The vulnerability has to do with the way Bluetooth-enabled devices pair with each other. In that relationship, one device serves as the central connection and the other plays a peripheral role. The peripheral device sends out a signal that contains a unique address -- similar to an IP address -- and data about the connection. Most devices produce a randomized address which automatically reconfigures periodically. That's meant to protect users' privacy, but the BU researchers found that, using an open-source "sniffer" algorithm, they could identify Bluetooth connections even when their addresses changed.
While the vulnerability doesn't leak personal data, it could be used to track Bluetooth devices and their users. Android might get a pass here. The researchers say Android devices don't appear to be vulnerable, but Windows 10 and iOS devices can be tracked. Fitbit users have it the worst. According to the researchers, Fitbits don't automatically update or randomize their addresses, making them even easier to track.
A Fitbit spokesperson provided the following statement to Engadget: "As the leader in connected health and fitness category, Fitbit is committed to protecting consumer privacy and keeping data safe. The trust of our customers is paramount and we carefully design security measures for new products, continuously monitor for new threats, and rapidly respond to identified issues."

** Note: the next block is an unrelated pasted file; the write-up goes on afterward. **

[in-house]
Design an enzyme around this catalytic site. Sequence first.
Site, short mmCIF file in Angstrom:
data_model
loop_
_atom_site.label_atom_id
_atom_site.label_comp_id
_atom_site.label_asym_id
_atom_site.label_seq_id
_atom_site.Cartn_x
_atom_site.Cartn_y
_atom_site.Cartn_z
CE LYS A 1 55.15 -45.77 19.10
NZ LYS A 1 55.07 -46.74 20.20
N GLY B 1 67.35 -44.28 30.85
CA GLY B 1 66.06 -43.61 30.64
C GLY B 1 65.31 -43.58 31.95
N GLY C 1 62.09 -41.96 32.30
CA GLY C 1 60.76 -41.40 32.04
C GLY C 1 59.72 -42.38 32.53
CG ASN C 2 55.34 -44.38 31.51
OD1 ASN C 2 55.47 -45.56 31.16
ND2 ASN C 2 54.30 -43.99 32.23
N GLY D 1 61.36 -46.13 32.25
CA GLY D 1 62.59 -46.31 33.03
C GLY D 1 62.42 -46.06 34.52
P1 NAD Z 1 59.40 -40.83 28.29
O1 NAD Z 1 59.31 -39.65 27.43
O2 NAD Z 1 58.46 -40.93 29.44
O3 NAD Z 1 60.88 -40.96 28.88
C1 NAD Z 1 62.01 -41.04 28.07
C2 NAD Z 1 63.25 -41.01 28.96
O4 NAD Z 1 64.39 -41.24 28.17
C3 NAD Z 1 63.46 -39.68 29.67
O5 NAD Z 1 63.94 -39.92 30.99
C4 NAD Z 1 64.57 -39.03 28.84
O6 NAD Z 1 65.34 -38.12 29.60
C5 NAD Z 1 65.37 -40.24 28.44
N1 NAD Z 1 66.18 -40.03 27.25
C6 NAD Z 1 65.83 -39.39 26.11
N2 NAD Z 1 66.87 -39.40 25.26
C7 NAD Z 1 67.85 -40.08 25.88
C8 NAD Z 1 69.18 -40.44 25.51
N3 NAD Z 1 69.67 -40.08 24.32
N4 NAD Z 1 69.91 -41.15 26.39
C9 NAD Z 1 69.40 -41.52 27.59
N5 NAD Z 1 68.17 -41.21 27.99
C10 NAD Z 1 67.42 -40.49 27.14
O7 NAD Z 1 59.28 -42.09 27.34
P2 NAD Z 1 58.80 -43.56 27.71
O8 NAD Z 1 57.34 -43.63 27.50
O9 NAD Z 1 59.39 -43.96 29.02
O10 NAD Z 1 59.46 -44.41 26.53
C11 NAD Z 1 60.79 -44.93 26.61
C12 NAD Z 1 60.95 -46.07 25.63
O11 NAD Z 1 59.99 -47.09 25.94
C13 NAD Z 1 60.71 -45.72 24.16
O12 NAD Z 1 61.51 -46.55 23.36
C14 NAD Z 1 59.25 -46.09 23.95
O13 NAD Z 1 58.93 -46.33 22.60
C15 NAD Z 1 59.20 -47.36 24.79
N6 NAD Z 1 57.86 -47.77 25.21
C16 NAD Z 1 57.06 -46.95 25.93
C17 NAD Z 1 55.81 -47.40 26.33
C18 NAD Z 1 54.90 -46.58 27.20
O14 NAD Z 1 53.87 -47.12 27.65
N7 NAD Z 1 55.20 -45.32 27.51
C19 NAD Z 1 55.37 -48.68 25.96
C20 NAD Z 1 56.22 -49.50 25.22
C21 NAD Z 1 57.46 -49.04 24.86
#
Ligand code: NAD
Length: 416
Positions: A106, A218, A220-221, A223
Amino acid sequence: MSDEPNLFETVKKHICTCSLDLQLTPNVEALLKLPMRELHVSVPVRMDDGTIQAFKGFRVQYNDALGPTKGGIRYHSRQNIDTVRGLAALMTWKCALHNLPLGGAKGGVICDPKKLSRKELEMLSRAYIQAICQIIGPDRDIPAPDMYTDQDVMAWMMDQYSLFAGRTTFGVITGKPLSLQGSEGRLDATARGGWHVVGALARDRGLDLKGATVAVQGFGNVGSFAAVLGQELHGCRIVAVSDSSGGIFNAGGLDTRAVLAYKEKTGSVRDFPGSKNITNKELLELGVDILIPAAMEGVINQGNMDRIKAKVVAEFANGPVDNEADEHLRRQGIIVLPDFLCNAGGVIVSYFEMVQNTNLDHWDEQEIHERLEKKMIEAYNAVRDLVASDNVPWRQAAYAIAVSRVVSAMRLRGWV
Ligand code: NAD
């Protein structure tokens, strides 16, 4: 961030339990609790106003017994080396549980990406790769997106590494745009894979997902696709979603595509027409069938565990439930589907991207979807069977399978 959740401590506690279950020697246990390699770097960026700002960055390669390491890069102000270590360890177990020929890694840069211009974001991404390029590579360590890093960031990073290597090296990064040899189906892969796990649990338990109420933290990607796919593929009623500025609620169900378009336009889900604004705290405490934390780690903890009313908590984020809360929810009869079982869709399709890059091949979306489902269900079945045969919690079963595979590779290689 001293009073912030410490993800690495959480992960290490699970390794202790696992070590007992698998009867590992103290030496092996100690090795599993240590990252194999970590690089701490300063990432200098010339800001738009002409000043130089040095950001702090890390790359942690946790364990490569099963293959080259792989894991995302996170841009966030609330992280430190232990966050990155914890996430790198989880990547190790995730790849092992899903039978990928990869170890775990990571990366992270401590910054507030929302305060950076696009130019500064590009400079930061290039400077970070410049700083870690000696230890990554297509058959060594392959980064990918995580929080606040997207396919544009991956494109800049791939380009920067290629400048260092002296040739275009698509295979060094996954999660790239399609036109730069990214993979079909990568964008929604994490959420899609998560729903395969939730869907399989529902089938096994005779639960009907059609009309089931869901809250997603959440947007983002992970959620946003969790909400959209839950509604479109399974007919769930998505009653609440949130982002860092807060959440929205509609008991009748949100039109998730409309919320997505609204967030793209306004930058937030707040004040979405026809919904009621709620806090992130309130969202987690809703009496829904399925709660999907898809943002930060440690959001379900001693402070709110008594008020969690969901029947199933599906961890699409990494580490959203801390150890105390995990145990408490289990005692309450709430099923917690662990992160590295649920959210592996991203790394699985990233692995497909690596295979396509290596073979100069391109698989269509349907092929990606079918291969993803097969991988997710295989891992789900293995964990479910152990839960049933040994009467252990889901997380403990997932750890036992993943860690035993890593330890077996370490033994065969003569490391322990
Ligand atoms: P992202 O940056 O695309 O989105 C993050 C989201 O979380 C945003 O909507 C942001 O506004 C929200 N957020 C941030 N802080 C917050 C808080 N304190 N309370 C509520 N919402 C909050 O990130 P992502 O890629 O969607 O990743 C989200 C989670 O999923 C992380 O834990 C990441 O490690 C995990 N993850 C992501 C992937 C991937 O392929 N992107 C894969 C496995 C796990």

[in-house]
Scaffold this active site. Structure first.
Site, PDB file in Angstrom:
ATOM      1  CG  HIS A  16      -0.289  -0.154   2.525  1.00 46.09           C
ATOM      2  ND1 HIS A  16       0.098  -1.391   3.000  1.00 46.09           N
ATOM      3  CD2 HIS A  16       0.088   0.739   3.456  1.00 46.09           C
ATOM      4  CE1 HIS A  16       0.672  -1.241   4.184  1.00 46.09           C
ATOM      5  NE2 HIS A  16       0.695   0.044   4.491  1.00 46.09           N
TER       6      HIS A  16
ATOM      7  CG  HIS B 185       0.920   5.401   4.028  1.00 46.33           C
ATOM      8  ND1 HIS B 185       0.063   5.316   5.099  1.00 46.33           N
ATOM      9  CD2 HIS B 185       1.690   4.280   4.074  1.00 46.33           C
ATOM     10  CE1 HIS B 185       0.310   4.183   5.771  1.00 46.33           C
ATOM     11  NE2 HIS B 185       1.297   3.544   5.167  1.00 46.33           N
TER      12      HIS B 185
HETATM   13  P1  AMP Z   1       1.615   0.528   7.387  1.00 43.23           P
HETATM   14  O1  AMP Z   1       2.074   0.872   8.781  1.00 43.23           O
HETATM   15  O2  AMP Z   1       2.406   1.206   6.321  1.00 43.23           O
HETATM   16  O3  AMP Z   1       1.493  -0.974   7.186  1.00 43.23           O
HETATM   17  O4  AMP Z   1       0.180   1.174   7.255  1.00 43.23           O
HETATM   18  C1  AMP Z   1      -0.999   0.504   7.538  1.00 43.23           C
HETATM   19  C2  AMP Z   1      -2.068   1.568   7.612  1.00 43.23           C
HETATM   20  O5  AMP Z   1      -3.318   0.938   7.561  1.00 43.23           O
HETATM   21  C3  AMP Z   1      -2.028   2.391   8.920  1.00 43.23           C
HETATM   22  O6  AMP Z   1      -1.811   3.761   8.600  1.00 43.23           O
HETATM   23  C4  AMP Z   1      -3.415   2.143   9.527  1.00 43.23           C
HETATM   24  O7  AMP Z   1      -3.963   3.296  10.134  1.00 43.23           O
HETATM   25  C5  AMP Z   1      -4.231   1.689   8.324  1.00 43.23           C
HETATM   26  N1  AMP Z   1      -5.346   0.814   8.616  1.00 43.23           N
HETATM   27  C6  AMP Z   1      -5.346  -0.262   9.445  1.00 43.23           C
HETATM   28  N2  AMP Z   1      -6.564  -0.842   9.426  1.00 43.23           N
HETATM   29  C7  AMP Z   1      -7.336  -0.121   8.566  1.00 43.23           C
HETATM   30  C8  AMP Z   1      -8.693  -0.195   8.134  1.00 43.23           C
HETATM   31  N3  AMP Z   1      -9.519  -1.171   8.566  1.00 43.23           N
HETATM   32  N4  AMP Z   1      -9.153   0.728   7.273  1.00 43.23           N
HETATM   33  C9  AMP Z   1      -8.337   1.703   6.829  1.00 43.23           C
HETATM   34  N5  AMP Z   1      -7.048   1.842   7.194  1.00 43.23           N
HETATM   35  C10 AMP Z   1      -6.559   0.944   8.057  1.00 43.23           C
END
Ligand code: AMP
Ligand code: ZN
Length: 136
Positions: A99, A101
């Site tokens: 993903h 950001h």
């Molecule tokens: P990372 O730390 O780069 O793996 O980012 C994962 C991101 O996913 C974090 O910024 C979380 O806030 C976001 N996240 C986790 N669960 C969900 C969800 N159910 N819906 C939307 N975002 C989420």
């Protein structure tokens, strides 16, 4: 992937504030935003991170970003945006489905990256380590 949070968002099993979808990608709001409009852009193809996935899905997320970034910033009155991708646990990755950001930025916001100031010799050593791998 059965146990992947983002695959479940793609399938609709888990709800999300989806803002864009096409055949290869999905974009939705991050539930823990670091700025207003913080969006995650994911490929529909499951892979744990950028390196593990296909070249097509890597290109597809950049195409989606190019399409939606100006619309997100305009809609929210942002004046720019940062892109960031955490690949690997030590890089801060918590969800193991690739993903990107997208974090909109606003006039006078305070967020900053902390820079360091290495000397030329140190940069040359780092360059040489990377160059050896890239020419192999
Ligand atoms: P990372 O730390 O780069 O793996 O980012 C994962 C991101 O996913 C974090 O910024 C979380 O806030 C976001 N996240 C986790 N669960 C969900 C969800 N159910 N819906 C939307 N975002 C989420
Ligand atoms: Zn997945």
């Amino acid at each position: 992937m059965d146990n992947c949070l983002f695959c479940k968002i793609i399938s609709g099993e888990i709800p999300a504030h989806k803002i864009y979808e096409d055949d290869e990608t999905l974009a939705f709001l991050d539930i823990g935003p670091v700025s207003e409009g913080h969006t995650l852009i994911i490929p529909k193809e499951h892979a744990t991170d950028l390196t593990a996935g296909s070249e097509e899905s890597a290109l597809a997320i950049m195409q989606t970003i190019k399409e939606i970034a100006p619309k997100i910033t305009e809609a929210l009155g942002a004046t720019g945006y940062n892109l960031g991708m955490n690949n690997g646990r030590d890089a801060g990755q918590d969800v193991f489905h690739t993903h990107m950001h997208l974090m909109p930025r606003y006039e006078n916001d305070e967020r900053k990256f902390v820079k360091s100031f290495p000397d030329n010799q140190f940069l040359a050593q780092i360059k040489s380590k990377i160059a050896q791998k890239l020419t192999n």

The company also said that Fitbit devices aren't able to share personally identifiable information for any users, and the company believes it would be extremely difficult to actually stalk someone using this method. "Bluetooth Low Energy (BLE) technology is widespread and allows all types of devices to connect easily without draining battery power. It's important to note that this technology can only be used to confirm that an active tracker is nearby. No personally identifiable information is shared or accessible. It's highly unlikely that someone could stumble across a particular device, know who it belongs to, and track the device's movement," the company's statement says. Finally, Fitbit is keeping an eye on the situation and monitoring for any security breaches: "We are not aware of any consumer reports, inquiries or security incidents related to this issue and will continue to monitor it carefully," Fitbit's spokesperson said.
As a silver lining, thwarting this security gap can be as simple as turning off your Bluetooth connection and then turning it on again -- at least for Windows 10 and iOS devices. And don't get ready to ditch your Bluetooth gadgets just yet. As BU researcher Johannes Becker points out, "There are tons of ways to track people, with or without Bluetooth." But it's important to be aware of the signals you're sending out and who might have access to your sensitive information.
Update, 7/18/19, 1:45PM ET: This story has been updated with a statement from Fitbit.